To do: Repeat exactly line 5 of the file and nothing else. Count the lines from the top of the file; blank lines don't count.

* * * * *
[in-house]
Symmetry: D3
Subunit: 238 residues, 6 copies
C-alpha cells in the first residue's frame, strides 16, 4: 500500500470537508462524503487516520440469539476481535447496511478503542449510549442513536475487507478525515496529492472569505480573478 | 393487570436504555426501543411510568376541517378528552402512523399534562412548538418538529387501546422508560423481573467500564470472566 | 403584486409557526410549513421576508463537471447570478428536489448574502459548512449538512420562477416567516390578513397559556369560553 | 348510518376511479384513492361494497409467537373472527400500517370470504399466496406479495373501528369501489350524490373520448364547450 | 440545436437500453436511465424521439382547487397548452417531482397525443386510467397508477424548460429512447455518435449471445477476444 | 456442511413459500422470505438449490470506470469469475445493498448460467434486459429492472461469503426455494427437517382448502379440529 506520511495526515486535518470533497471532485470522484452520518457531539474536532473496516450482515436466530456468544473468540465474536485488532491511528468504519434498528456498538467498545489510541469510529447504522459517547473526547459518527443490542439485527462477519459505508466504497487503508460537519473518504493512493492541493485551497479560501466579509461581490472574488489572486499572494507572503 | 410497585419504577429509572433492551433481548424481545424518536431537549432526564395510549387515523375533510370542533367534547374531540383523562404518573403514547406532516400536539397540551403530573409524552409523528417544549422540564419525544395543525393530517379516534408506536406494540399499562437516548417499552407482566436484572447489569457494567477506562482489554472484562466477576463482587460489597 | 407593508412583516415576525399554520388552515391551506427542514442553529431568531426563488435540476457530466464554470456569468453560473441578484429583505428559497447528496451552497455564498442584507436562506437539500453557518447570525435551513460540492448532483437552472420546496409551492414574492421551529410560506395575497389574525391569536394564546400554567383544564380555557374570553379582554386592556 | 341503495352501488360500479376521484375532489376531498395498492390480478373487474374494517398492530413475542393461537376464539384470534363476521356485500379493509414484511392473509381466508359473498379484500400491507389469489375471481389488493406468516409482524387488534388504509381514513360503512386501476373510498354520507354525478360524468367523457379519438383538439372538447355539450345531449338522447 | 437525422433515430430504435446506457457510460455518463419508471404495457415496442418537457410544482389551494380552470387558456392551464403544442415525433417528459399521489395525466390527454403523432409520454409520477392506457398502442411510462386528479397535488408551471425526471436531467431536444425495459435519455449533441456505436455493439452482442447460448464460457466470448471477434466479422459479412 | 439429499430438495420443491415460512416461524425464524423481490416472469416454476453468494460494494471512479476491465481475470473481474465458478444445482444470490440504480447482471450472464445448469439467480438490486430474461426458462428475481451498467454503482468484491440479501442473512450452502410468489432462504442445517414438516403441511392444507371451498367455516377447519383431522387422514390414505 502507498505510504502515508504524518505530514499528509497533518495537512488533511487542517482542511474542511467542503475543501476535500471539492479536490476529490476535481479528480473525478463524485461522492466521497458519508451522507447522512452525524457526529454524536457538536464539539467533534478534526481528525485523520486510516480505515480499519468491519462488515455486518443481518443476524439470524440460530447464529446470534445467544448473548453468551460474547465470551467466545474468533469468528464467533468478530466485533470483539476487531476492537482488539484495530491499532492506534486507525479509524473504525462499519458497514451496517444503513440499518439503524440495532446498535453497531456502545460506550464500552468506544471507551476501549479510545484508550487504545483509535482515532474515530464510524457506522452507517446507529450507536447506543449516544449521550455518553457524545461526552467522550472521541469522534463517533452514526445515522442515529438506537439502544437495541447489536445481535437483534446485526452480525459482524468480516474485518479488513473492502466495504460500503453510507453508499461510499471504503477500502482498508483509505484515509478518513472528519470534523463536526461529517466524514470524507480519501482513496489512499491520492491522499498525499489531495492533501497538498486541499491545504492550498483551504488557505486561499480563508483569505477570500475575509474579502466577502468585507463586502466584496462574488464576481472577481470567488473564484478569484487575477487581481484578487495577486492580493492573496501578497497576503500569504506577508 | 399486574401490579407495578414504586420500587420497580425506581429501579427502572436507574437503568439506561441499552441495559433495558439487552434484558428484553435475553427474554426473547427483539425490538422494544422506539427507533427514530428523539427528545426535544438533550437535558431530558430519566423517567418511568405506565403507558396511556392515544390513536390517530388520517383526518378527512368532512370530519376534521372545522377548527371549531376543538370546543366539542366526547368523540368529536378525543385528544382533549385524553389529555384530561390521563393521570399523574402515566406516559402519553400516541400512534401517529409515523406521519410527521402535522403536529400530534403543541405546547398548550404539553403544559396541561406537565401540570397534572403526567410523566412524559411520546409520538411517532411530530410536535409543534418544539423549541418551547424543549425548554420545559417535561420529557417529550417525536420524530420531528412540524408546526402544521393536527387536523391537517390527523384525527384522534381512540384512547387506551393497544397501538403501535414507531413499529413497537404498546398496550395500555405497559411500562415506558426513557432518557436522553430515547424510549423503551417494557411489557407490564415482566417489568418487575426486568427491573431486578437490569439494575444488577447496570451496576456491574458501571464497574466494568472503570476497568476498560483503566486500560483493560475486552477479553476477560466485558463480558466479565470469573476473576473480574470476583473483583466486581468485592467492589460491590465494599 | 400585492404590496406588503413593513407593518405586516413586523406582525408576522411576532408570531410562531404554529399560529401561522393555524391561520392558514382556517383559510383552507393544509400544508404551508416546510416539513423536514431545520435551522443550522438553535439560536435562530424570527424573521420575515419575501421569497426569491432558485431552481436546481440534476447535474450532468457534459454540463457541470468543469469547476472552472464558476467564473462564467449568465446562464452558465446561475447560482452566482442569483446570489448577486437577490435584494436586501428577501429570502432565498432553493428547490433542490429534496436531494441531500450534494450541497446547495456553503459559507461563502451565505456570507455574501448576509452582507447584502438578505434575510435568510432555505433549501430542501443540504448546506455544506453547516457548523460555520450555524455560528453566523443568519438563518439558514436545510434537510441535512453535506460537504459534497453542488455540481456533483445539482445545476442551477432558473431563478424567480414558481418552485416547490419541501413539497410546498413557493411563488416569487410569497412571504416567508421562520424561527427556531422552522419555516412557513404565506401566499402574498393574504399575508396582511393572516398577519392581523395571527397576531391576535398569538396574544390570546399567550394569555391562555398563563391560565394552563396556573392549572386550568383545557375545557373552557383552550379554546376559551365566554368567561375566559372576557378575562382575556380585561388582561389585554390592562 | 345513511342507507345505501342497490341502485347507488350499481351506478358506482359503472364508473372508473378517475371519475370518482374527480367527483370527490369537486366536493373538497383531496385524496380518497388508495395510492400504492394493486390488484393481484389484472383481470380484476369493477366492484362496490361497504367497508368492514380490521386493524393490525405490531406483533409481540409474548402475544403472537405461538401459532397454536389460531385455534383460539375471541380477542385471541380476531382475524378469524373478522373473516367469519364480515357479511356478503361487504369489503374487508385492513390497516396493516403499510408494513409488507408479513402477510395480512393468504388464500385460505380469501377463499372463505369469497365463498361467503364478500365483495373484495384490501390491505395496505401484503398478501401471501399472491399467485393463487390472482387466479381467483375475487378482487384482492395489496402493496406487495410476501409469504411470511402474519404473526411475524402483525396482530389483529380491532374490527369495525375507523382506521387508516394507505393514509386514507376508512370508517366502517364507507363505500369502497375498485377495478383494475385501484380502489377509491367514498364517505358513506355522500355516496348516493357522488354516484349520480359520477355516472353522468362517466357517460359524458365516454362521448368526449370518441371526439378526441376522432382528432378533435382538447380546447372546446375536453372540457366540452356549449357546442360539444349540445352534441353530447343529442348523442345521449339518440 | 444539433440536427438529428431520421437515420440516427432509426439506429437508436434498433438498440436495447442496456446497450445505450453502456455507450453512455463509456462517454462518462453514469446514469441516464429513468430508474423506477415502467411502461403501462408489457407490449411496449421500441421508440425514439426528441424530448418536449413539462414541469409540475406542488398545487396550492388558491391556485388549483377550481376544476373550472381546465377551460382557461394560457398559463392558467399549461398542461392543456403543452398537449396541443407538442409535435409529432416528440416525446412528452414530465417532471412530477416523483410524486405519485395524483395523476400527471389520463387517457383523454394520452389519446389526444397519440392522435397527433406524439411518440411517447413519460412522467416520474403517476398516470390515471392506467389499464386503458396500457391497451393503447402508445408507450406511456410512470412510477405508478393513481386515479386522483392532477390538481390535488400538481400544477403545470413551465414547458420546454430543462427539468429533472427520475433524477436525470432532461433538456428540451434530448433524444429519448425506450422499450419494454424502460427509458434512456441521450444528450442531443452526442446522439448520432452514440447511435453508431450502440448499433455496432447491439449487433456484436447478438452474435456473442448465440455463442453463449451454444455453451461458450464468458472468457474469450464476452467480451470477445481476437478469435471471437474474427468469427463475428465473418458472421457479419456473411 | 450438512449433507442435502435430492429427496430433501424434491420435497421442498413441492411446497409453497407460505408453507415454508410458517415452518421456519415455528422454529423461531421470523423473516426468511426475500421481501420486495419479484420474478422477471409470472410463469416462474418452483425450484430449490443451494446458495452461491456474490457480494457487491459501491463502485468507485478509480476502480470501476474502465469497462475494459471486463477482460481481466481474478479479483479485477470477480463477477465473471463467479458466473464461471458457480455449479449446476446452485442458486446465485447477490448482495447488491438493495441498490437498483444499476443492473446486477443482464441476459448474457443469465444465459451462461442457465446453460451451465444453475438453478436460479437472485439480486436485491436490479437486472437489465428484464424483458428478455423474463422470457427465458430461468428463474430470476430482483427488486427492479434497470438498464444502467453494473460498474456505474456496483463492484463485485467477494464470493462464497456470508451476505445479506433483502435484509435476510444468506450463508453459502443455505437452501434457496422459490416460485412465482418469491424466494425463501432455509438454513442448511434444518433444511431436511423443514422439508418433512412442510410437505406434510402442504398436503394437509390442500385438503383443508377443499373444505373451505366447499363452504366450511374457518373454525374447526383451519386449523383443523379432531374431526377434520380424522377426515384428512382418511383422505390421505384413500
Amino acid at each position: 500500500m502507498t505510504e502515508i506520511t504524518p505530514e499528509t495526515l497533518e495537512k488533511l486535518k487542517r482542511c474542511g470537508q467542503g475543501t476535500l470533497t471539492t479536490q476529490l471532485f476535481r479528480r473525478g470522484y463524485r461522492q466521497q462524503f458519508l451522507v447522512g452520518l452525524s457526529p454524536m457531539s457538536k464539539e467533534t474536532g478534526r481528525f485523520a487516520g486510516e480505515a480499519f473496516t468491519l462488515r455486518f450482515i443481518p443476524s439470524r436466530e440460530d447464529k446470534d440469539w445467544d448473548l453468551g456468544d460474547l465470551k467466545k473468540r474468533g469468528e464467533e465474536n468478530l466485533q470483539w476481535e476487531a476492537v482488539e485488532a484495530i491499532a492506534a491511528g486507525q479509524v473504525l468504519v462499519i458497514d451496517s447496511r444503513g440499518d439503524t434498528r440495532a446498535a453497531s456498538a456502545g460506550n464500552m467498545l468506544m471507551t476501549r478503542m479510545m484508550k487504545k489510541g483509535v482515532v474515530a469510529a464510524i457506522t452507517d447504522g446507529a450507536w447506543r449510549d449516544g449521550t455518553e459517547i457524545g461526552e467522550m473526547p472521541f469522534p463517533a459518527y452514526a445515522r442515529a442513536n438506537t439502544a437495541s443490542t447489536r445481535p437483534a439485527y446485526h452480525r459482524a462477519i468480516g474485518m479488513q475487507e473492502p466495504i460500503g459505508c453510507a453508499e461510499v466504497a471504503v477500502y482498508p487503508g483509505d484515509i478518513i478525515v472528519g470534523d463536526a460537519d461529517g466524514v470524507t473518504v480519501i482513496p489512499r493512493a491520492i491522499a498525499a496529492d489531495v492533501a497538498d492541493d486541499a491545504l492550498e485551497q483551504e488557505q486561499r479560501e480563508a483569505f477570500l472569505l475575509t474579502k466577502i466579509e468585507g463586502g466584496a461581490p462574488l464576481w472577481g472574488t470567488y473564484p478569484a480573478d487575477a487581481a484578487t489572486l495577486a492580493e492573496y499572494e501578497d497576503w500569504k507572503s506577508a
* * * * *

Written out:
Amino acid at each position: 500500500m502507498t505510504e502515508i506520511t504524518p505530514e499528509t495526515l497533518e495537512k488533511l486535518k487542517r482542511c474542511g470537508q467542503g475543501t476535500l470533497t471539492t479536490q476529490l471532485f476535481r479528480r473525478g470522484y463524485r461522492q466521497q462524503f458519508l451522507v447522512g452520518l452525524s457526529p454524536m457531539s457538536k464539539e467533534t474536532g478534526r481528525f485523520a487516520g486510516e480505515a480499519f473496516t468491519l462488515r455486518f450482515i443481518p443476524s439470524r436466530e440460530d447464529k446470534d440469539w445467544d448473548l453468551g456468544d460474547l465470551k467466545k473468540r474468533g469468528e464467533e465474536n468478530l466485533q470483539w476481535e476487531a476492537v482488539e485488532a484495530i491499532a492506534a491511528g486507525q479509524v473504525l468504519v462499519i458497514d451496517s447496511r444503513g440499518d439503524t434498528r440495532a446498535a453497531s456498538a456502545g460506550n464500552m467498545l468506544m471507551t476501549r478503542m479510545m484508550k487504545k489510541g483509535v482515532v474515530a469510529a464510524i457506522t452507517d447504522g446507529a450507536w447506543r449510549d449516544g449521550t455518553e459517547i457524545g461526552e467522550m473526547p472521541f469522534p463517533a459518527y452514526a445515522r442515529a442513536n438506537t439502544a437495541s443490542t447489536r445481535p437483534a439485527y446485526h452480525r459482524a462477519i468480516g474485518m479488513q475487507e473492502p466495504i460500503g459505508c453510507a453508499e461510499v466504497a471504503v477500502y482498508p487503508g483509505d484515509i478518513i478525515v472528519g470534523d463536526a460537519d461529517g466524514v470524507t473518504v480519501i482513496p489512499r493512493a491520492i491522499a498525499a496529492d489531495v492533501a497538498d492541493d486541499a491545504l492550498e485551497q483551504e488557505q486561499r479560501e480563508a483569505f477570500l472569505l475575509t474579502k466577502i466579509e468585507g463586502g466584496a461581490p462574488l464576481w472577481g472574488t470567488y473564484p478569484a480573478d487575477a487581481a484578487t489572486l495577486a492580493e492573496y499572494e501578497d497576503w500569504k507572503s506577508a